This past August, the boys and girls varsity soccer teams went on a weeklong trip to Tobago. While both teams were continuing preseason training during that week, the trip’s other main component was service. We held a soccer clinic for the youth, attracting kids from 5 to 17 years old. In addition to coaching, we donated cleats, jerseys, balls, shin guards, and water bottles when the session was over. This was definitely the most memorable part of the trip.
This year, I spent service day with most of my grade sorting out medical supplies that would be exported to people who were in need. We sorted out as many supplies as possible, as well as being extra careful with the process of separating the goods with expiration dates too soon to be allowed to be sent. One of the main takeaways from this experience was how impactful our few hours’ work would be to many lives. Since there were so many of us working, we were able to help the organization finish a day or two-day’s worth of work on their own. Although the individual task was not overwhelming, the group’s production was very high due to the collectiveness of the work and the great cooperativeness of my classmates. This experience opened me up to the service of those in medical need, something I will seek to continue doing in the future. Likewise, service day allowed for an increased chemistry between my classmates and helped me experience collective work at a grand scale. It was wonderful to see all my classmates and I efficiently working together to help those in need by speeding up the process prior to the exportation.
The Sunday following pre-season soccer camp, the Boys Varsity soccer team went on a week long trip to Tobago, home nation to Coach Warren Salandy and former Coach Sherwin O’Neil. We stayed at the famed Coco Reef hotel. This beautiful resort consisted of a warm, biologically-rich beach where we would spend much of our free time in, whether it be swimming, chilling, or snorkeling. Snorkeling was remarkable, as I was able to see a wide variety of species of fish as well as the occasional squid.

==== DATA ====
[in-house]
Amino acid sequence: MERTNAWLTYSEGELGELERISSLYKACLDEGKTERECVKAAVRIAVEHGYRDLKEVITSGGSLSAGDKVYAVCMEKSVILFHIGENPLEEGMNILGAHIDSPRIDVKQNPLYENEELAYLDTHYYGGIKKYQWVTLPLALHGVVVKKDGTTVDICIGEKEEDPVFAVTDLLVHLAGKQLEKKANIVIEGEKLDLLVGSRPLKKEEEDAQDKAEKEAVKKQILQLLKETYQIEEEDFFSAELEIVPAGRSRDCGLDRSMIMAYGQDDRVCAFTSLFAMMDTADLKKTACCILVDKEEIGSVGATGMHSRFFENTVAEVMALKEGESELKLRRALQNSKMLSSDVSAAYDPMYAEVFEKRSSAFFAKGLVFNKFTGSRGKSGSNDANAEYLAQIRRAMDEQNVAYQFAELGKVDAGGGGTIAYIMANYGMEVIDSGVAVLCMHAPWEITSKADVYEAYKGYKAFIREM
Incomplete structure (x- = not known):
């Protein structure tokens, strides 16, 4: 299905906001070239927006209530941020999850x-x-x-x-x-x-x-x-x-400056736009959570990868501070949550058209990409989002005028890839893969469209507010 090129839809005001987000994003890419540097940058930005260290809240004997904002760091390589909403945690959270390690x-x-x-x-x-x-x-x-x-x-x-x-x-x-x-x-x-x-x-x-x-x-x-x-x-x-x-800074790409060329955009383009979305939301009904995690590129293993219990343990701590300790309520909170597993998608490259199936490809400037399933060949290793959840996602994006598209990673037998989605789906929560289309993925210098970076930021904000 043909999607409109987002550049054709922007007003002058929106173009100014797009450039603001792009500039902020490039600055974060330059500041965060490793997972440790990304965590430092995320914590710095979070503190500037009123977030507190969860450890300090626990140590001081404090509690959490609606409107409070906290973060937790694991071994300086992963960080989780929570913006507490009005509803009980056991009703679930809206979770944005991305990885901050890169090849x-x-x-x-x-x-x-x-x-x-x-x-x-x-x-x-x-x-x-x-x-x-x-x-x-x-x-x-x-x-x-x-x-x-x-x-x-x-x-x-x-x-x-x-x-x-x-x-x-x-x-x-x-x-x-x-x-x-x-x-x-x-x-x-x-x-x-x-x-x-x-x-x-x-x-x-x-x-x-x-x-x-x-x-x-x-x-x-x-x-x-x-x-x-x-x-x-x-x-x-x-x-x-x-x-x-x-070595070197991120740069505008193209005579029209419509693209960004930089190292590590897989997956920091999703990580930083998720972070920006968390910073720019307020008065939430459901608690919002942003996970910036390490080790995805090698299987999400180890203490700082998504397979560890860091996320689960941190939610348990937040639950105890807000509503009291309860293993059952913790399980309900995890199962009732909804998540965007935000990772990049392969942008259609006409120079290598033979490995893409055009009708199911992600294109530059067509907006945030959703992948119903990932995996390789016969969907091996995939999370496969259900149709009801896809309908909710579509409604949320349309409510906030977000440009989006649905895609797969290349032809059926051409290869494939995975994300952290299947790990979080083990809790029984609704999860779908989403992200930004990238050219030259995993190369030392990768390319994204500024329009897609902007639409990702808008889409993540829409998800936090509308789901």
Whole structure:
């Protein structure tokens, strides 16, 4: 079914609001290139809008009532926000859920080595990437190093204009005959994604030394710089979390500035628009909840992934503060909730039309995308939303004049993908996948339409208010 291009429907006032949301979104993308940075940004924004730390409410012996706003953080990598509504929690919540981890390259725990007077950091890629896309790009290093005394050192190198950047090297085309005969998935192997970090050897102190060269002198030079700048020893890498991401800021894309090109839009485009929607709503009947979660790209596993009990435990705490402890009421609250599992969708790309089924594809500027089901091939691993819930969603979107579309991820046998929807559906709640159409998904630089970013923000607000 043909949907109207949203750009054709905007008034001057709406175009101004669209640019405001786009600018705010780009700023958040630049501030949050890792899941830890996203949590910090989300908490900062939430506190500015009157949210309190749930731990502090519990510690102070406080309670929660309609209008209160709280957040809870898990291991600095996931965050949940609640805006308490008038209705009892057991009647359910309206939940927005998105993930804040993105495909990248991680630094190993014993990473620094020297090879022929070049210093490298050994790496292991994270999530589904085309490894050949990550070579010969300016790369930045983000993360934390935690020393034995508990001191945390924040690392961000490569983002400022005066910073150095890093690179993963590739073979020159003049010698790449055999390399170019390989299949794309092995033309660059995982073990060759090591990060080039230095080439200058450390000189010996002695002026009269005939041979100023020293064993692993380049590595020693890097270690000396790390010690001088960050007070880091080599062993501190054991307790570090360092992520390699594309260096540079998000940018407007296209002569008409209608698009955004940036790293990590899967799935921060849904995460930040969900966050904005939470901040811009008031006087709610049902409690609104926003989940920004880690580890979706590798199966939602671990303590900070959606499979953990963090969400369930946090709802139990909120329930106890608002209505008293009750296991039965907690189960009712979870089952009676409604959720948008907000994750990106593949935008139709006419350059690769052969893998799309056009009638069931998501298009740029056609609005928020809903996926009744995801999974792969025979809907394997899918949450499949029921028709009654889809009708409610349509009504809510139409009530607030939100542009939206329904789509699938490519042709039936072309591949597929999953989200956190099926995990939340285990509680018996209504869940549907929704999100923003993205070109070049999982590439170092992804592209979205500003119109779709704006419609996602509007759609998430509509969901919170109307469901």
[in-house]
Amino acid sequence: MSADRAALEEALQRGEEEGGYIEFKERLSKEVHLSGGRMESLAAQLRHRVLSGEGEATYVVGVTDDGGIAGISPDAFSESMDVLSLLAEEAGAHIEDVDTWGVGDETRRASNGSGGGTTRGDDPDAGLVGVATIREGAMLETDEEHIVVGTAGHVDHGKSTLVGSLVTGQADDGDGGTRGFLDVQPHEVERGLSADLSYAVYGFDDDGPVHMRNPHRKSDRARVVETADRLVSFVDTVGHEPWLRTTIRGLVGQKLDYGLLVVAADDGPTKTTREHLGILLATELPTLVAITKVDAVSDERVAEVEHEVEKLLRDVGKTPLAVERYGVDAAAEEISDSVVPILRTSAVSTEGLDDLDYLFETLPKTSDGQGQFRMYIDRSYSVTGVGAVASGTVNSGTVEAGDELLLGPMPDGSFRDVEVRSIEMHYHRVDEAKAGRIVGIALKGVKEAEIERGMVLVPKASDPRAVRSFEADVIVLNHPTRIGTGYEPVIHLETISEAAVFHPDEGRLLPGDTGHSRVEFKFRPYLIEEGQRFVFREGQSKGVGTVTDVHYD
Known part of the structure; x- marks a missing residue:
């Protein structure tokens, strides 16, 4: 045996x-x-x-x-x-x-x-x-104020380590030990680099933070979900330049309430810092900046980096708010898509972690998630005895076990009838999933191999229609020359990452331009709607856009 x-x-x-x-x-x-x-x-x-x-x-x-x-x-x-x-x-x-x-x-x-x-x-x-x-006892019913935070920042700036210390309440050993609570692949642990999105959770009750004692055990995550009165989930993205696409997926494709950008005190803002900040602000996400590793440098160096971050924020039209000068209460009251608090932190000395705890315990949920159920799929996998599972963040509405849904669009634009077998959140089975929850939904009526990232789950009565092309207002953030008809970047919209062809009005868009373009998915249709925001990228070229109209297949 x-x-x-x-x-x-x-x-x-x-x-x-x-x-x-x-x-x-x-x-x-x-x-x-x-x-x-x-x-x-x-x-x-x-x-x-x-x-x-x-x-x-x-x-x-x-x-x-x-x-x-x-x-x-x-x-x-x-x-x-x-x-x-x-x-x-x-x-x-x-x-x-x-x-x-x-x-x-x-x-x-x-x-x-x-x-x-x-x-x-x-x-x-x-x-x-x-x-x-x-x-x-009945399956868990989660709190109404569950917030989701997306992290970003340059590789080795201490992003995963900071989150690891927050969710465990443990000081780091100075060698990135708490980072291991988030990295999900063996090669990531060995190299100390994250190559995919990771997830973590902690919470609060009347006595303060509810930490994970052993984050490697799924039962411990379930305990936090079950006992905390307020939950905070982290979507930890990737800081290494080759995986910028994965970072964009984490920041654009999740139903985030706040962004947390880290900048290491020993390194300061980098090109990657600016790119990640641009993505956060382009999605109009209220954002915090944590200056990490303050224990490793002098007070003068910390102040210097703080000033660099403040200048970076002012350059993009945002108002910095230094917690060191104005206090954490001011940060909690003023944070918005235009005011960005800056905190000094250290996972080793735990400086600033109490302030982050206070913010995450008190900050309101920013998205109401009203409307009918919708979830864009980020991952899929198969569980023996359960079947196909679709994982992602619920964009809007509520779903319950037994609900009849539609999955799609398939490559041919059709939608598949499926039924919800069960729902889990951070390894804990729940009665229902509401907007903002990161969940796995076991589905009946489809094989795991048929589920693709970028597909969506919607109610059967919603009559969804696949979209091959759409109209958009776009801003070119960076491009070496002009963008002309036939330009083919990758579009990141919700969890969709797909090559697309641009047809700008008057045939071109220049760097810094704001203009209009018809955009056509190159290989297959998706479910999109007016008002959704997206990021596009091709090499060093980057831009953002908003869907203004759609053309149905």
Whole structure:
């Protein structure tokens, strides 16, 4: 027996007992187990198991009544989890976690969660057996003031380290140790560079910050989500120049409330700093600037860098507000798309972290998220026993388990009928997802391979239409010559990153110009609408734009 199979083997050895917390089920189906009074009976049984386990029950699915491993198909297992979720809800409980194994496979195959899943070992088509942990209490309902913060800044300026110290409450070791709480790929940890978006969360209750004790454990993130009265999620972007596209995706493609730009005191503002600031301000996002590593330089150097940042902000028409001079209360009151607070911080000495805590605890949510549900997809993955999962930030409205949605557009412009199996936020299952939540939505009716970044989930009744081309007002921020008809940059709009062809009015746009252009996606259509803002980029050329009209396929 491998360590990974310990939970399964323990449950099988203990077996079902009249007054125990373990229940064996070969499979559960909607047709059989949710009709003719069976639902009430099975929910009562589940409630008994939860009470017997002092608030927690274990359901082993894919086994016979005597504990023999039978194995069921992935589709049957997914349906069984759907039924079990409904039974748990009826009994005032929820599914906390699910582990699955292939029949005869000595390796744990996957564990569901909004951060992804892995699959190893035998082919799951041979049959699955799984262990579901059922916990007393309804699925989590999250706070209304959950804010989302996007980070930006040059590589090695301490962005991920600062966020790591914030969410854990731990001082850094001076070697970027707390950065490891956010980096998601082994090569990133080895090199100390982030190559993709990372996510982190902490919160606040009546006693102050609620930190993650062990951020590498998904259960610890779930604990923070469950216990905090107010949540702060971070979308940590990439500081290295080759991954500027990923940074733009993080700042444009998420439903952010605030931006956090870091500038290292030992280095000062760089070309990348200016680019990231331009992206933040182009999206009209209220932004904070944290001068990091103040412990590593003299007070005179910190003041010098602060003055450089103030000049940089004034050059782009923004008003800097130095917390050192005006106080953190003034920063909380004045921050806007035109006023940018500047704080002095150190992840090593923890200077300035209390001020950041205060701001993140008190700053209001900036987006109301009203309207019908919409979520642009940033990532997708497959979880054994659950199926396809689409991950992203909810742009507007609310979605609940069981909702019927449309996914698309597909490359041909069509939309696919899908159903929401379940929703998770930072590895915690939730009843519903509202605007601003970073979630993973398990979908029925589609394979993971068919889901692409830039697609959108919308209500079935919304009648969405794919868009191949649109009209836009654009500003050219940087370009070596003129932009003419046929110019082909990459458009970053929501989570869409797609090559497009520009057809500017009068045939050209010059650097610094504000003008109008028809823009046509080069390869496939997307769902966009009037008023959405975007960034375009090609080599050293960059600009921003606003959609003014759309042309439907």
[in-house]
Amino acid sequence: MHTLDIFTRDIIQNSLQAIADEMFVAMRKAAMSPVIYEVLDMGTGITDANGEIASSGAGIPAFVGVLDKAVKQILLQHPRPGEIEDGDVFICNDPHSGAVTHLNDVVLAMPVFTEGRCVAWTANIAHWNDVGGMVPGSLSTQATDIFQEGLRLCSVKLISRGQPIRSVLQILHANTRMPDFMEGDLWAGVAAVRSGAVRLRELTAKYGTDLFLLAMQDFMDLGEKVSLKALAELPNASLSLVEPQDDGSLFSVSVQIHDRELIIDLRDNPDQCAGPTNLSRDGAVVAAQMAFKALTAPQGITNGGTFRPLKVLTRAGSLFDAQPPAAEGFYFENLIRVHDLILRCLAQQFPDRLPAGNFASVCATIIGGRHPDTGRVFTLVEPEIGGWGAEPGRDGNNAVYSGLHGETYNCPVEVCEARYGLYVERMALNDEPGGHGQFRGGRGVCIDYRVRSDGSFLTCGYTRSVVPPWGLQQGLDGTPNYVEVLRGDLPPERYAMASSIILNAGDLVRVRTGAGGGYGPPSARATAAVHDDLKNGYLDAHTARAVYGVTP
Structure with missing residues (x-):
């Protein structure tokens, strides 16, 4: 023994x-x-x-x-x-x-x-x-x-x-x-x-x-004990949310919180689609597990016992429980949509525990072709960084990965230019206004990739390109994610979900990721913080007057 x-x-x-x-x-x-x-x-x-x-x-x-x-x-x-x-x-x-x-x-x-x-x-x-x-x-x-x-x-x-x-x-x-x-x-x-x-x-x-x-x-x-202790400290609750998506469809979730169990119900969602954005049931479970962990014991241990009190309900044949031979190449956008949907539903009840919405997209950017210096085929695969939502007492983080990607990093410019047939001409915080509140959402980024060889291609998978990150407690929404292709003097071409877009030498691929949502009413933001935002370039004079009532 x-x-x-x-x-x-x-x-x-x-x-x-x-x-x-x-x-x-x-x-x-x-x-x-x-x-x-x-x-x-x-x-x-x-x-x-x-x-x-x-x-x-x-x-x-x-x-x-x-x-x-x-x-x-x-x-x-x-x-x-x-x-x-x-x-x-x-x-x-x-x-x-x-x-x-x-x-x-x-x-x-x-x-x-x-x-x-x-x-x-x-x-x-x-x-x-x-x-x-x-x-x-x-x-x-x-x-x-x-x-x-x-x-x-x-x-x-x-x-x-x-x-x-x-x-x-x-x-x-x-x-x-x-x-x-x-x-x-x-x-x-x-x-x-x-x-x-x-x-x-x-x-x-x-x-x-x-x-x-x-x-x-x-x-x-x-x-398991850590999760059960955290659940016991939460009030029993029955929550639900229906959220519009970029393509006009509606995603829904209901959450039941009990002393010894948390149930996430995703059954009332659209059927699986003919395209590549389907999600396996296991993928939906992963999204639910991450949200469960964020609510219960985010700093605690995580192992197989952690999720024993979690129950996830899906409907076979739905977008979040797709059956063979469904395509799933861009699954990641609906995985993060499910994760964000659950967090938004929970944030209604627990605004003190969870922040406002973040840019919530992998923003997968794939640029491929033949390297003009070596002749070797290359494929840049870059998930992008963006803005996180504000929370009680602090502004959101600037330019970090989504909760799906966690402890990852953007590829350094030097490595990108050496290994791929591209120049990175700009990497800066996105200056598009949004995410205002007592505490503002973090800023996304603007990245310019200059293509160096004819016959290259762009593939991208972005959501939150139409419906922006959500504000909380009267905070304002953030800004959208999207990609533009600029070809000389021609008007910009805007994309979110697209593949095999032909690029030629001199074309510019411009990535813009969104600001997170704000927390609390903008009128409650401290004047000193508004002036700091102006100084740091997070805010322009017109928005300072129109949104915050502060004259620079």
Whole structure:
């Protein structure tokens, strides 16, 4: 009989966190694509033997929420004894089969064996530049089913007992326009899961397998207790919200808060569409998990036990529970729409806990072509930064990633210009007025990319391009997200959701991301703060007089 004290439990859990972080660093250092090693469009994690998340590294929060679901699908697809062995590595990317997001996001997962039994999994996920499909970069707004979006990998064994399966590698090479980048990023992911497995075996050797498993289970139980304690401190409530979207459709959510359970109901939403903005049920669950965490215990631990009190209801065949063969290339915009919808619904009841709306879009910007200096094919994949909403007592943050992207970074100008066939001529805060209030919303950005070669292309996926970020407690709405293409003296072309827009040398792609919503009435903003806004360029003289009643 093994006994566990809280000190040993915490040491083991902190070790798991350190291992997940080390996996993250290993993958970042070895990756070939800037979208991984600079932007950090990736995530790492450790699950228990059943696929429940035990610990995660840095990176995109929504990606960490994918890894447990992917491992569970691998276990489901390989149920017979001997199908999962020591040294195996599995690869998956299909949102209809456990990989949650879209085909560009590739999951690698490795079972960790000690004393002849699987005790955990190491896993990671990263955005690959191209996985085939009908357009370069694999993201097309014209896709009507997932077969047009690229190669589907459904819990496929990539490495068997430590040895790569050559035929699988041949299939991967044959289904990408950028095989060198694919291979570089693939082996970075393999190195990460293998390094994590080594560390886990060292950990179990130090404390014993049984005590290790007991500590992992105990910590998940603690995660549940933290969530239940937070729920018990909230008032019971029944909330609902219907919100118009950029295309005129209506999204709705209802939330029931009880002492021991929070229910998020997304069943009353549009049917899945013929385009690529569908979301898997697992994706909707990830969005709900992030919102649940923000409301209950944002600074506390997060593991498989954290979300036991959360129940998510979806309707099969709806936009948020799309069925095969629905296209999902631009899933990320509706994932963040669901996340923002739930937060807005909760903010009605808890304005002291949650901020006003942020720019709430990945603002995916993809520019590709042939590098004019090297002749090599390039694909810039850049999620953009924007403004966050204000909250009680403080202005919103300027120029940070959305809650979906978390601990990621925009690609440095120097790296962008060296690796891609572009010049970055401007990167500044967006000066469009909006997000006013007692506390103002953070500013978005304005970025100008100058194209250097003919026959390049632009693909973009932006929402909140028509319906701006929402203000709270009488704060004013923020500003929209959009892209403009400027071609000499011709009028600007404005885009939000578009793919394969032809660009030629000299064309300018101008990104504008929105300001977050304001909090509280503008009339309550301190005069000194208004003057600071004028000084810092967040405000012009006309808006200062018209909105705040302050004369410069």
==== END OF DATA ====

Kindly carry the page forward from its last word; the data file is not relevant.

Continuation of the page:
We trained at a couple of different fields, each not more than a 20 minute drive from the hotel. One thing that struck me was the intense humidity, an environment I was not used to.
The biggest takeaway experience from this trip was doing the clinic with the kids of Tobago. We had two clinics, one with Warren and Sherwin’s old soccer academy and the other with the school they went to. It was very fun working with these kids, who were passionate to get better, and run drills with them that we ran at our own practices. It was fun to see the smile on their faces at the end of the clinics, when they picked out a pair of cleats out of the vast collection we had gathered back home and brought to Tobago.
Overall, it was a very fun experience. As a sophomore, I would be ecstatic to repeat this trip next summer.
Throughout the course of the YPI project, I have become more aware and engaged towards this social issue. This project has allowed me to stop ignoring our society’s issues and instead try to resolve them. I now hope to make an impact in stopping this issue. Over the course of the project, I have improved my public speaking skills, my efficiency, and commitment to practicing. These are all key aspects that will greatly help me on other projects later on. In addition, I have strengthened my ability to work as a group. At first, the public speaking aspect was the most challenging. But over the course of the project, it has become the most rewarding since I can benefit from my experience.